Documentary filmmaker Alexandra Shiva’s latest film This Is Home: A Refugee Story, which premiered at the 2018 Sundance Film Festival, couldn’t be more timely. Addressing the process of refugees attempting to integrate and assimilate into life here in the United States, Shiva captures the day-to-day struggles of four Syrian families. This candid and poignant story allows you to almost walk in their shoes, understanding the heartbreaking resilience of these people attempting to not just survive, but thrive. I had the opportunity to discuss Shiva’s background and the inspiration behind telling this important story.
Pamela Powell (PP): Can you tell me about your background and how you got into filmmaking?
Alexandra Shiva (AS): I got into it by accident. I was in India [and] I had done a lot of photography work and gender studies [there]. I wanted to do a photo essay on the eunuchs in India but realized I needed a moving image to tell my story. So, I was in Bombay (now Mumbai) and I learned how to make a documentary… my first documentary, Bombay Eunuch.
PP: What prompted you to make this film?
AS: Princess Firyal, one of our EPs, has done a lot of work in refugee settlement. She was talking to someone at the International Rescue Committee who said have you seen the film How to Dance in Ohio, my last film, and the person said they wanted a similar tone in a film about refugees. She already knew me so she reached out to me and we discussed how to humanize people and how to create a film where we are with the subjects instead of watching the subject. Our goal was to showcase a shared humanity… We spent a year filming in the Baltimore office filming people as they arrived and then found our stories through them.
PP: The film has a beautiful narrative arc which, from my perspective, is a difficult thing to do in a documentary.
AS: I think it was always important for us to focus on the intimacy and the small moments while elevating the drama of everyday life because that allows for commonality, empathy and connection. We were always focusing in on the smaller details which took shape in the edit. We had 250 hours of footage and a large number of those hours were in Arabic so our editor and I decided it was important to transcribe every single hour of footage and then though that we were able to hone in on the intimacy and the small moments, the ways in which people change over eight months… There is a way to flesh that out and create arc where the viewer can be on a journey with someone and experience the drama of everyday life.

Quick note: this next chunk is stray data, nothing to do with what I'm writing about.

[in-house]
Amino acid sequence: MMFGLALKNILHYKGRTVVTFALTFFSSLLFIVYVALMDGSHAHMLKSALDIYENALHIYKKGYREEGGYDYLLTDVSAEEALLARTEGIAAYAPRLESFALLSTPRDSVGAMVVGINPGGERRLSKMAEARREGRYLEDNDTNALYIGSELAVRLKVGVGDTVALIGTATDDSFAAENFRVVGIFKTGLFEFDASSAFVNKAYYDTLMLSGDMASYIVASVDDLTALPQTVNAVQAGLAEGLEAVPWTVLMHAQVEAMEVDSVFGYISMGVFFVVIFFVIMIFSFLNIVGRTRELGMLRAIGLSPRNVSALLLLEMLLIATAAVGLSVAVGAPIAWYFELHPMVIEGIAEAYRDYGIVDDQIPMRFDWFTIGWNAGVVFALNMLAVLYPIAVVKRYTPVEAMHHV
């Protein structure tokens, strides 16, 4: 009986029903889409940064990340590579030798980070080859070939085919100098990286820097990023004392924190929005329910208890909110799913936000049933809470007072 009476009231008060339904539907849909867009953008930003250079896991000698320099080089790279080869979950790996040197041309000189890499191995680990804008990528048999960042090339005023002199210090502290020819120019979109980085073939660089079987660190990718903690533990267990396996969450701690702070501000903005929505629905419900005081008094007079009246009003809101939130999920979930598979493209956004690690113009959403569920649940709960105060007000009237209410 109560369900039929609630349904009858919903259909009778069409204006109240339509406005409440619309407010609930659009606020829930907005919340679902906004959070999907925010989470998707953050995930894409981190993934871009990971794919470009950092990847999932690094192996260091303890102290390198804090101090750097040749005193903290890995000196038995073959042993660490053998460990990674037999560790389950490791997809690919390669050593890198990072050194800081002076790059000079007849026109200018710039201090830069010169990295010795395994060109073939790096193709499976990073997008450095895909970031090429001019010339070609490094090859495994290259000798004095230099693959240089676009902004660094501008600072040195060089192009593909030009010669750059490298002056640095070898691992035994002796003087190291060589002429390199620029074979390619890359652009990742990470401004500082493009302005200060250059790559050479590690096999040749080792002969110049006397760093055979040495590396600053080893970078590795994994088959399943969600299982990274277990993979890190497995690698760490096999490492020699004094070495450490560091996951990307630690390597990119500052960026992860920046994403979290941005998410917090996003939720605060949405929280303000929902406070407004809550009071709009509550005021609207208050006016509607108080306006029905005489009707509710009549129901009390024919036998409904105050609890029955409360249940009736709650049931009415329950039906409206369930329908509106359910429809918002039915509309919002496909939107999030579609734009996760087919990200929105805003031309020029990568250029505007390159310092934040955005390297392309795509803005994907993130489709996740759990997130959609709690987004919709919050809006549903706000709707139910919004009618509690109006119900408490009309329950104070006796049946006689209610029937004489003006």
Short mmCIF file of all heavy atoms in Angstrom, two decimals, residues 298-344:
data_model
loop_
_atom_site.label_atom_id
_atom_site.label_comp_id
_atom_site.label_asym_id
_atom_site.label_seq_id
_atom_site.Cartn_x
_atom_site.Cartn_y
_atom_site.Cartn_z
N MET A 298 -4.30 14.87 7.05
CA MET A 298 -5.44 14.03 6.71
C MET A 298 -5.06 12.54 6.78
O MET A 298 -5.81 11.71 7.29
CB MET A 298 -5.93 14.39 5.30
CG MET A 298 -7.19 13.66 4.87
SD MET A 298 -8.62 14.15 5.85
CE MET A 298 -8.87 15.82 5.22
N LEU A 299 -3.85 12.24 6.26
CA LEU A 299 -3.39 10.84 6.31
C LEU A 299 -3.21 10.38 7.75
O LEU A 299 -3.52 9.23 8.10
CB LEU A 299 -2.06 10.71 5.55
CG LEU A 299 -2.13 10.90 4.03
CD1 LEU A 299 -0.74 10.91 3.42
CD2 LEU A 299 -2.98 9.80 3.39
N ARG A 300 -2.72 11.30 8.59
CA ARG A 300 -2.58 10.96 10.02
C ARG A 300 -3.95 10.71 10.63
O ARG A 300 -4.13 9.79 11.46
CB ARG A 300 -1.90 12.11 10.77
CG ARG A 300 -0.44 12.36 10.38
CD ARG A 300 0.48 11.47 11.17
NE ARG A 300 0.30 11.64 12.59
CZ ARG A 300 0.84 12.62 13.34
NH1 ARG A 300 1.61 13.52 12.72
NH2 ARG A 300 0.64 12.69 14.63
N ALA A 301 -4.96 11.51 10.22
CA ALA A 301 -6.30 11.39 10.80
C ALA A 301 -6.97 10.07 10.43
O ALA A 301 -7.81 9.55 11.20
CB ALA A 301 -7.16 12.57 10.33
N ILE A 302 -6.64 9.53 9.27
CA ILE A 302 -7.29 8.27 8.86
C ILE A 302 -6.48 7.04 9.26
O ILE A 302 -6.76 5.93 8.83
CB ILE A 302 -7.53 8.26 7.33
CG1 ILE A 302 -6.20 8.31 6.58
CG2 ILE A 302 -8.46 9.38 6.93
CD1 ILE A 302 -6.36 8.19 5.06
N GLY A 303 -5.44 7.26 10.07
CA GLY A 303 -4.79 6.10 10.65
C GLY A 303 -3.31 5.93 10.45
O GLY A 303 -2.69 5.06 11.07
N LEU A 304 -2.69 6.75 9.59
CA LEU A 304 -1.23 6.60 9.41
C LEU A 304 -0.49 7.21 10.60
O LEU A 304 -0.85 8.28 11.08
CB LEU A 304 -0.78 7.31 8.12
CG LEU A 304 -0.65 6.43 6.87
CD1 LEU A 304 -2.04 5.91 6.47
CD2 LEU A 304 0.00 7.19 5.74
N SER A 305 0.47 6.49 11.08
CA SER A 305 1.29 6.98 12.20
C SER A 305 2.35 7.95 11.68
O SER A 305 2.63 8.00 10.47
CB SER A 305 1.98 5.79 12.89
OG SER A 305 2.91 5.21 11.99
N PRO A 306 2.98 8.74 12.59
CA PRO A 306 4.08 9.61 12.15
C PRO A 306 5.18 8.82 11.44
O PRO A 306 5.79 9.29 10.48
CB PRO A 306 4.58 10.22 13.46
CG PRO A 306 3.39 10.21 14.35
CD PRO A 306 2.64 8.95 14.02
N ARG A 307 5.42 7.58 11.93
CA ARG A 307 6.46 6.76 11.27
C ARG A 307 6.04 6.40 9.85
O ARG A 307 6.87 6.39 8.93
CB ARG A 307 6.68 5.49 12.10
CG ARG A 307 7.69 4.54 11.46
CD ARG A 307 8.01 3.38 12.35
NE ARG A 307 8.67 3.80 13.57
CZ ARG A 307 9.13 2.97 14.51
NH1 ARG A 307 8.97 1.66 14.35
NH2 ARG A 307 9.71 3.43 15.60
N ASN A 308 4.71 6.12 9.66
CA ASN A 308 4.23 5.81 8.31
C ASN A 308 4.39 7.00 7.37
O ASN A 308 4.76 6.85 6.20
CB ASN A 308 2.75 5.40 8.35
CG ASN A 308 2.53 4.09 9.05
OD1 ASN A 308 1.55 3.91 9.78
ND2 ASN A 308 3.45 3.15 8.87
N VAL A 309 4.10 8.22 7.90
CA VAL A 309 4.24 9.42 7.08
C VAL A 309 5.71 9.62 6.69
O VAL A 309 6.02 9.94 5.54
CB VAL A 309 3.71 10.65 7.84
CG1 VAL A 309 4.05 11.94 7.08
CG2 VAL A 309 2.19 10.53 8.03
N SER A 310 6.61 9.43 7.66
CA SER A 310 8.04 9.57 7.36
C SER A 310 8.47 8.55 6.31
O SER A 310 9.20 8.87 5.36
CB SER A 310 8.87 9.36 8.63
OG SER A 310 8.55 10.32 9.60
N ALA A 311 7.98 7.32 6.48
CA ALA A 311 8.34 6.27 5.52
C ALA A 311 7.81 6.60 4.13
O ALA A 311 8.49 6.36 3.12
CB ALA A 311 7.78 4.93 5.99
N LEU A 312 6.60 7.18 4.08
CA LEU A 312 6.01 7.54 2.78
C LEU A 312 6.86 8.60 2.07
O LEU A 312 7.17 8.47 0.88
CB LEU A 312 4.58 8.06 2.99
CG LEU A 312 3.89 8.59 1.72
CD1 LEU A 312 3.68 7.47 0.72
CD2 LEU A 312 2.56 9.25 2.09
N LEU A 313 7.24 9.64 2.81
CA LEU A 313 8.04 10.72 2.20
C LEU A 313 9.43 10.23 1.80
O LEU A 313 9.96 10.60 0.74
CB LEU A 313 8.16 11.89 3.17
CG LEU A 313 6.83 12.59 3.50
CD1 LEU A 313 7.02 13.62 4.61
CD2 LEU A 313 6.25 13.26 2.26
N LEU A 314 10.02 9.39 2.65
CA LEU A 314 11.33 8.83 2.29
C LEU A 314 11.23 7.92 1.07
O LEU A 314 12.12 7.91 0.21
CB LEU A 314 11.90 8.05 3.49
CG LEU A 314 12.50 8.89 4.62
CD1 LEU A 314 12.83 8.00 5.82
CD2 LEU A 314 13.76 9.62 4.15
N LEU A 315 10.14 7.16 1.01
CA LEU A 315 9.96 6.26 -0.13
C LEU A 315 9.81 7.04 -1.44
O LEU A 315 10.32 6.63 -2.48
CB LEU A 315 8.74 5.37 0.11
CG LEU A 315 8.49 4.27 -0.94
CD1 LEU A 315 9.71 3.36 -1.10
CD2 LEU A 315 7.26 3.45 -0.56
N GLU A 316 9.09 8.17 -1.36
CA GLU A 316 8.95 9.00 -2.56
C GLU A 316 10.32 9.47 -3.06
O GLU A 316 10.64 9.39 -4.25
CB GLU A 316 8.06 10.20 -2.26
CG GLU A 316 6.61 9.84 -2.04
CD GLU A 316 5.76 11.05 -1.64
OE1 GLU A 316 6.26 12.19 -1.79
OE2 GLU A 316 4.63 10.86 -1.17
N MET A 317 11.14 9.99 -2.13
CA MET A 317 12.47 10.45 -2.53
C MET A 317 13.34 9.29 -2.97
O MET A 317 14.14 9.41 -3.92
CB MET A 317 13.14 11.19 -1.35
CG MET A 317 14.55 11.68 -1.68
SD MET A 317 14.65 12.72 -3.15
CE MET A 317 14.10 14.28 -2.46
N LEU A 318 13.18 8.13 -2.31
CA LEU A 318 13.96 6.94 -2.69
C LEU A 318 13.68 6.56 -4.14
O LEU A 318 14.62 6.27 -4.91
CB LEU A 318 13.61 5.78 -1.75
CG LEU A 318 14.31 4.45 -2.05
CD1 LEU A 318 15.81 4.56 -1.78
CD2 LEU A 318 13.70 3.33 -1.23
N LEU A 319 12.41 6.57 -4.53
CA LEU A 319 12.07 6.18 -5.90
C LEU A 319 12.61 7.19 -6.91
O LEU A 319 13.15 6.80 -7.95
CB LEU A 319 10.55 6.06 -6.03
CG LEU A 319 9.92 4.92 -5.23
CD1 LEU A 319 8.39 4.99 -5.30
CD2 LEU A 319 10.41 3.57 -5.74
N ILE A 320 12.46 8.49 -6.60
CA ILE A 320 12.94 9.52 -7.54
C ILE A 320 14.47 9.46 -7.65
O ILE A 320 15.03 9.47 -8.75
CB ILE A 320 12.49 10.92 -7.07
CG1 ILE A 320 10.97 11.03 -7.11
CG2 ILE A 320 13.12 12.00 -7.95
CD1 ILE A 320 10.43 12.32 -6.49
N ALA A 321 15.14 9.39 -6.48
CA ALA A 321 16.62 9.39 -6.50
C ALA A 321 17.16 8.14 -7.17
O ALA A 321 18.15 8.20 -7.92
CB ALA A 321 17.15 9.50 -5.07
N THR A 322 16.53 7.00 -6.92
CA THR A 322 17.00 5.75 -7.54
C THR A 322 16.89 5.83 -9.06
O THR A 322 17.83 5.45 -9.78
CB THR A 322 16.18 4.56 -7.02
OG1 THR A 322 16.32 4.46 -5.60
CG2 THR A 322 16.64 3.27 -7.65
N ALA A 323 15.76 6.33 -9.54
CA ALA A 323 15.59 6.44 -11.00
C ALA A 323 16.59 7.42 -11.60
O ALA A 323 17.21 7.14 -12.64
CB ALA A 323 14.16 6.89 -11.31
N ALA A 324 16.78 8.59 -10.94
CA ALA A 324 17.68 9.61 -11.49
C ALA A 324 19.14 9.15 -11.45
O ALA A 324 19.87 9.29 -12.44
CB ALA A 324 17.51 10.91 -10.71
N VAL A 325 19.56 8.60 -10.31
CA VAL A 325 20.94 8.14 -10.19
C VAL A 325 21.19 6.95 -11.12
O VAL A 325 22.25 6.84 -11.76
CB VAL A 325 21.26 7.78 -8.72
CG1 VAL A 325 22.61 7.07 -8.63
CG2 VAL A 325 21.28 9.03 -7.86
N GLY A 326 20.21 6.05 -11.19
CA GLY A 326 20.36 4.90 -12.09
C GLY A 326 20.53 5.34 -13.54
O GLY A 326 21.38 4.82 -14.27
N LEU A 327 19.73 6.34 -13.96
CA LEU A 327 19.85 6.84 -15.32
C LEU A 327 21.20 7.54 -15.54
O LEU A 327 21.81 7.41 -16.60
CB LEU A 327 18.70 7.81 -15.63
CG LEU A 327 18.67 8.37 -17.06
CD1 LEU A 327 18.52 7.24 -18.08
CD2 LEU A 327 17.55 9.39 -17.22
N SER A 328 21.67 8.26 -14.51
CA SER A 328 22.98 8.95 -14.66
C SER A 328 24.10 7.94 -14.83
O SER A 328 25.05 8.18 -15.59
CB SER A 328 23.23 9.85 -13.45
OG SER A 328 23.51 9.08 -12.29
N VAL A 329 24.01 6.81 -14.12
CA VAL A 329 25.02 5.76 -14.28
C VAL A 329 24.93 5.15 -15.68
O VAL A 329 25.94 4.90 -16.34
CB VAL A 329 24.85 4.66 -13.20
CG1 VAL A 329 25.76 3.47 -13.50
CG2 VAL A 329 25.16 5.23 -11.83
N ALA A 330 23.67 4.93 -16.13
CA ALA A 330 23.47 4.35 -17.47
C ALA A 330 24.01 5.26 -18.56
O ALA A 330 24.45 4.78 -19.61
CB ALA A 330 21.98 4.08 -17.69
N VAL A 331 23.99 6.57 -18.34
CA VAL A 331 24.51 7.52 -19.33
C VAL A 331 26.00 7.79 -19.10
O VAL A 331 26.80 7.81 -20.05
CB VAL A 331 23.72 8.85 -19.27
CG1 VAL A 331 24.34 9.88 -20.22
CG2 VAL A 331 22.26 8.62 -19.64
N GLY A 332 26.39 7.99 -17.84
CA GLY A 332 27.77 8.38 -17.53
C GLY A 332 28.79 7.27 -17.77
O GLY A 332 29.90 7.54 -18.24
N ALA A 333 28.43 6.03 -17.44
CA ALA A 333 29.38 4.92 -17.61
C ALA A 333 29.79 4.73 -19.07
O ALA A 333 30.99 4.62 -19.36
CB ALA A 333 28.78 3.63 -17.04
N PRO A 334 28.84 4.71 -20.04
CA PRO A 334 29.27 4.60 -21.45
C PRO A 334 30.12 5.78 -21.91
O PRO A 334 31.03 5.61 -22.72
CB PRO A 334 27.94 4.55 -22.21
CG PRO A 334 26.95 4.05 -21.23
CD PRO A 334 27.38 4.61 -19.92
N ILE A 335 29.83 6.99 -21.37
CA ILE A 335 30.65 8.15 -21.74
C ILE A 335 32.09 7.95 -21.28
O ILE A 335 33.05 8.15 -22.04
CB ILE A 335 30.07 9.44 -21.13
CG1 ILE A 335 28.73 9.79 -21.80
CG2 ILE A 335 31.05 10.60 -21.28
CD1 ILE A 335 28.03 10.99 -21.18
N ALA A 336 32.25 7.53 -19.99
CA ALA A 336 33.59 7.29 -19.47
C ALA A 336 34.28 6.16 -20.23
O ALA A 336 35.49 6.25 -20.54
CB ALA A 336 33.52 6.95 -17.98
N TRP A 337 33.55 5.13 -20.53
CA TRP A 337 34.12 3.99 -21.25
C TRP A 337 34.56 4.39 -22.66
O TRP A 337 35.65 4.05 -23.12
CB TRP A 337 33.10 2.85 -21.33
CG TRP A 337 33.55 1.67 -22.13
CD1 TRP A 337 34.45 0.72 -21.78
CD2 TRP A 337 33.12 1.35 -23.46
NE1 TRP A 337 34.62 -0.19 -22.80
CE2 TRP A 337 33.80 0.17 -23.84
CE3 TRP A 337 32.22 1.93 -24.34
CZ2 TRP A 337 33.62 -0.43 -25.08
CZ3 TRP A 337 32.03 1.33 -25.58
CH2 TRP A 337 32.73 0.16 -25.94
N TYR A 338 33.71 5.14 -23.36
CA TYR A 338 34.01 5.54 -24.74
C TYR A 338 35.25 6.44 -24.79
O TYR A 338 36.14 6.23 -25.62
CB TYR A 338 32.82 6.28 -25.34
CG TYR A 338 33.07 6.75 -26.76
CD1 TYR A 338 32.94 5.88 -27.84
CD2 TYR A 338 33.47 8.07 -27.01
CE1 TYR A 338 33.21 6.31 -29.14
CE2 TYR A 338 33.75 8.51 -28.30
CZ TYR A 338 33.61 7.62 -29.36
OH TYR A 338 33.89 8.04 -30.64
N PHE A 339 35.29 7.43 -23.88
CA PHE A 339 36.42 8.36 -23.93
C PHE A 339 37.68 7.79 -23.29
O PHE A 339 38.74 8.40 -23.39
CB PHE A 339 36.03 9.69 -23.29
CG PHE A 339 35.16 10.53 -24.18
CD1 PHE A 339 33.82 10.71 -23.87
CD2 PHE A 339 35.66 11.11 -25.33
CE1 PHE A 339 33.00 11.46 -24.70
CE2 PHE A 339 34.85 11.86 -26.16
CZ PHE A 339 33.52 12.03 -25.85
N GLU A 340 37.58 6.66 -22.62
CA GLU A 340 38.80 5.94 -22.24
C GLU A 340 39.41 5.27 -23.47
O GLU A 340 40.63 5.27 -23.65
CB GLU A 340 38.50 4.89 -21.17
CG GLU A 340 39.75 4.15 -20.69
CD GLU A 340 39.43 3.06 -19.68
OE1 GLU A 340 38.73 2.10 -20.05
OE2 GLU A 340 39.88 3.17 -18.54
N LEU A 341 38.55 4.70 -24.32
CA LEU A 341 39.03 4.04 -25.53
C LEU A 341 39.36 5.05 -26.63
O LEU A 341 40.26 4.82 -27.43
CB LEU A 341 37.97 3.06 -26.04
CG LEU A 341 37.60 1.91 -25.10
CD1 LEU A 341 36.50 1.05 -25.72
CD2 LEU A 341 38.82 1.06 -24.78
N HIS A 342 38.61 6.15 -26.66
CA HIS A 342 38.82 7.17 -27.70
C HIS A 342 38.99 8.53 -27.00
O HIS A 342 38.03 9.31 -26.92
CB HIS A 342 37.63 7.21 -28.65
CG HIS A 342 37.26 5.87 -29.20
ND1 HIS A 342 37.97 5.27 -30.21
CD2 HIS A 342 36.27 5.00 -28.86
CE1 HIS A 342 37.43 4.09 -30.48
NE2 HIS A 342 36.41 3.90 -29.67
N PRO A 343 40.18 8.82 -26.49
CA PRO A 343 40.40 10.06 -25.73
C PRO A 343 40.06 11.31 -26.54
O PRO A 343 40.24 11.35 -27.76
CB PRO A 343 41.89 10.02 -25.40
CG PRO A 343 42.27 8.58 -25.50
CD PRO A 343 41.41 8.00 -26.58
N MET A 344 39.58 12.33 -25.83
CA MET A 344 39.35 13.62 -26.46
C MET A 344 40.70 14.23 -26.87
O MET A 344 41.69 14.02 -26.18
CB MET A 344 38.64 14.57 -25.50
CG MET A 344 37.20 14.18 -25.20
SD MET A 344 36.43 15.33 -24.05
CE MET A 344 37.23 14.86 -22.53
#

PP: Were there any surprises to you about what these families went through in the transitioning process of living in the US?
AS: I think the biggest surprise for me was how much they wanted to go home. How much they felt ripped from home and what that means. It would take me two full years to adapt to living in Baltimore from New York City and I can only imagine what it took for them. I was also very aware of yet surprised by the cultural issues. There was a tremendous dignity piece for the men and a tremendous upset to be here and have to adapt quickly and what that does to a family and an intimate relationship. I was not aware of those nuances before I began.
PP: One of the most poignant parts of the film, to me, was how Leah stepped in with her church to help. One person truly can make a difference in someone’s life! What part of this story was most impactful to you?
AS: I agree and I think that was the most impactful piece to me. People can help and refugee resettlement agencies can help and do their part but the next stage of resettlement really begins when people step in and help integrate. It was so beautiful how Leah stepped in to help. The idea that everyone can make a difference in some way is very inspiring to me.
PP: What do you hope viewers will take away from this film?
AS: I hope that they will take away that they can make a difference and get involved. There are lots of skills that refugees come with that they may never use again and we should try and utilize those skills. People have never had this level of intimate exposure to refugees and if they can connect with these four families then maybe they can connect with more refugees. Our country has a very long tradition of this kind of immigration and refugee culture.
PP: With all of your films, do you find that there is a common thread?
AS: I have always been interested in stories about people trying to find community. The most interesting stories take place in the margins. Where there is struggle there is a lot of humanity. There is also a strong identity theme that goes through all my work.
PP: As a female filmmaker, do you have any words of advice for those coming into the industry?
AS: I always say to find female mentors that you really can learn from. Intern or befriend or connect with people whose work you admire. Also trust your own instincts [and] let the driving force be your unanswered questions.
This Is Home can be seen on the EPIX channel beginning Friday, June 22 at 8 pm. Read FF2 Media’s review HERE.
© Pamela Powell (6/21/18) FF2 Media
Photos courtesy of Sundance Film Festival